Abstract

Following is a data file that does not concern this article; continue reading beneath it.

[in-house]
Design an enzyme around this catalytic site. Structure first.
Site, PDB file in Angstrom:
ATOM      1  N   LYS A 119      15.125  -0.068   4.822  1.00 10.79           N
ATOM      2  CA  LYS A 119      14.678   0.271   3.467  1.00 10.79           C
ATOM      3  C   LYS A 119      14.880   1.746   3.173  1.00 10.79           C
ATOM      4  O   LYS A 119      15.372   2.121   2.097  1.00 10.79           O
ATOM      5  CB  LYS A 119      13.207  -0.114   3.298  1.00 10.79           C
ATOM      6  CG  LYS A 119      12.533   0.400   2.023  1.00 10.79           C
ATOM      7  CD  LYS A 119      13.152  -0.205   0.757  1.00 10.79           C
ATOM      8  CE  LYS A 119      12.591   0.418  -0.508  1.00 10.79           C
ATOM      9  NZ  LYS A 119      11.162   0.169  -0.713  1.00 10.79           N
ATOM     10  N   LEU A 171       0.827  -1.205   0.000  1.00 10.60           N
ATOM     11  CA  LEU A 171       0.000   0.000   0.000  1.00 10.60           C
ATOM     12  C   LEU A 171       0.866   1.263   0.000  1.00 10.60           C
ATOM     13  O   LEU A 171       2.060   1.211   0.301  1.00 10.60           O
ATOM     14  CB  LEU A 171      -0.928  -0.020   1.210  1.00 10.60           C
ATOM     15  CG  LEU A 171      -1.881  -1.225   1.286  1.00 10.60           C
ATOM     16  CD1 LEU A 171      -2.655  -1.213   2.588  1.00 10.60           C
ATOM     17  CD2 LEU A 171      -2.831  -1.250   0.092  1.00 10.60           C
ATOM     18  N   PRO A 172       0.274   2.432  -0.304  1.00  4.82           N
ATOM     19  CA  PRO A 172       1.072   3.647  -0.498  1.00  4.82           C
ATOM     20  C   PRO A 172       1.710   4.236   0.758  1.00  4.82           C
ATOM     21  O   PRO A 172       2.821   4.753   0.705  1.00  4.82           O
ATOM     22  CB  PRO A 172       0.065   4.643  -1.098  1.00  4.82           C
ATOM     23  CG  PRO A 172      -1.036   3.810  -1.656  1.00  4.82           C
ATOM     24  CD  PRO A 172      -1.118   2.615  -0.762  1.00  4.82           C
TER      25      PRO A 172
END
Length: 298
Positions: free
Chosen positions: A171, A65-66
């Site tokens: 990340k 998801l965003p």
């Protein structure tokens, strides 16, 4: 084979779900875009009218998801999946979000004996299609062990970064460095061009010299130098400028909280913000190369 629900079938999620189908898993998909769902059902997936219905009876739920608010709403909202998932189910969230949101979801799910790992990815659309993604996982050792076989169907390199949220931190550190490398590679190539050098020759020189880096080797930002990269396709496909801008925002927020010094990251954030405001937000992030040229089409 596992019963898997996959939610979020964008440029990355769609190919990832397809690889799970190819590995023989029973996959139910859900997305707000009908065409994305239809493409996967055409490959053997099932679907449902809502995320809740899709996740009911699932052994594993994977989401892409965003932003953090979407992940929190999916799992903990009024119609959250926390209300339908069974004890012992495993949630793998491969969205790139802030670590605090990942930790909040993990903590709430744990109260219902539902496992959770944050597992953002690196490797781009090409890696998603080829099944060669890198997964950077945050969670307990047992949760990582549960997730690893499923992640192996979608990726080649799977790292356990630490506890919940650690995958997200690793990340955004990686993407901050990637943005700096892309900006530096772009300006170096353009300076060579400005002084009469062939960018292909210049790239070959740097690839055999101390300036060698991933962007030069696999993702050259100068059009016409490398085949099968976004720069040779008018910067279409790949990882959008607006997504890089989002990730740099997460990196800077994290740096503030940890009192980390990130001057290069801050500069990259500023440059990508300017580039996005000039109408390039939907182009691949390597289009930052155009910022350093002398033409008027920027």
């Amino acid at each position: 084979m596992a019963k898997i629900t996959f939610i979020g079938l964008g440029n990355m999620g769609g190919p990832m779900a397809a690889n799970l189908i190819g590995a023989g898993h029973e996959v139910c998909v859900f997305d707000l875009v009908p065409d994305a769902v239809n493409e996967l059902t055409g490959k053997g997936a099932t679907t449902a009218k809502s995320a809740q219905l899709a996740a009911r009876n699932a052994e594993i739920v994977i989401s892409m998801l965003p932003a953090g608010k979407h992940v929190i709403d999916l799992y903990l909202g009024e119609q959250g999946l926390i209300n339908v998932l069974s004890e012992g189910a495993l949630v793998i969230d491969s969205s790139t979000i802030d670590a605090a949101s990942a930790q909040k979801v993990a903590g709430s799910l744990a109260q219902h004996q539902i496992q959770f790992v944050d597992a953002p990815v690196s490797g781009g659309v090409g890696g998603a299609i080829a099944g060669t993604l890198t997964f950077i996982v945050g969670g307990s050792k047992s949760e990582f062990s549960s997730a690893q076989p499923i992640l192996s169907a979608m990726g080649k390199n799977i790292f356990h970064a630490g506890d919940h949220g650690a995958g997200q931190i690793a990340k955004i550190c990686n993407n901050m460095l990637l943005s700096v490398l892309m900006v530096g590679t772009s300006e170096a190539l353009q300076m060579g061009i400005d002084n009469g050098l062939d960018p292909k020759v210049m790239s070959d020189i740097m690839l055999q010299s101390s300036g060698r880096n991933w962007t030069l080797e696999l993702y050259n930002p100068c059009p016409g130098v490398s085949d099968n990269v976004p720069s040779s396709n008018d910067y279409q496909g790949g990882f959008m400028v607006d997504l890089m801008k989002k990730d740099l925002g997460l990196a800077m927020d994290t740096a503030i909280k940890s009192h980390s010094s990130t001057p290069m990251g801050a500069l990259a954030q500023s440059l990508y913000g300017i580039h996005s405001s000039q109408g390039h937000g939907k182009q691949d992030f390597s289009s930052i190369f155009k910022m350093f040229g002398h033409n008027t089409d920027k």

Unbeknownst to us, we(humans) possess biases and idiosyncratic interpretations that shape our judgments and ideals. Ergo, humans take for granted that other social participants will appreciate their judgments. When this preconceived notion is betrayed by reality, people’s certitude of objectivity forces them to perceive others as biased or unfair. Such cognitive biases can prove costly in hands of individuals at a micro-level and decision-makers at a macro-level. Recent global financial crises indicate that even regulators and policy-makers aren’t immune from self-serving biases that downplay own dispositional biases. If and when left unchecked, cognitive biases threaten a huge waste of efforts and economic resources. At this juncture of 21st century, overwhelming empirical and theoretical literature underscore the deviation of financial markets and human decision making process from the basic assumptions underlying traditional economics finance paradigm that has pervaded since the mid-1900s. Ranging from applying bounded rationality to economic models to Kahneman’s application of prospect theory to economics and financial markets, designers of business school curricula have now access to a smörgåsbord of literature addressing the inescapable issue of cognitive biases. Specifically, for economics and finance professors, this distinction of cognitive (in)coherences and their recognition should be inculcated subliminally in introductory 1st year level courses, and later on progressively through purposive behavioral-neuro economics/finance courses. In this paper, we argue that such bias-proofing redesign promises aiding students in superior decision making, assessing risk, and minimizing biases. After surveying the curricular praxis in Malaysian business schools, we draw attention to the attractive adaptive market hypothesis (AMH), which promises an exciting infusion of the legacy of EMH model, bounded rationality, evolutionary biology, neuroscience and psychology. This article is a plea for reform in light of nascent advances in behavioral/neuro economics and finance.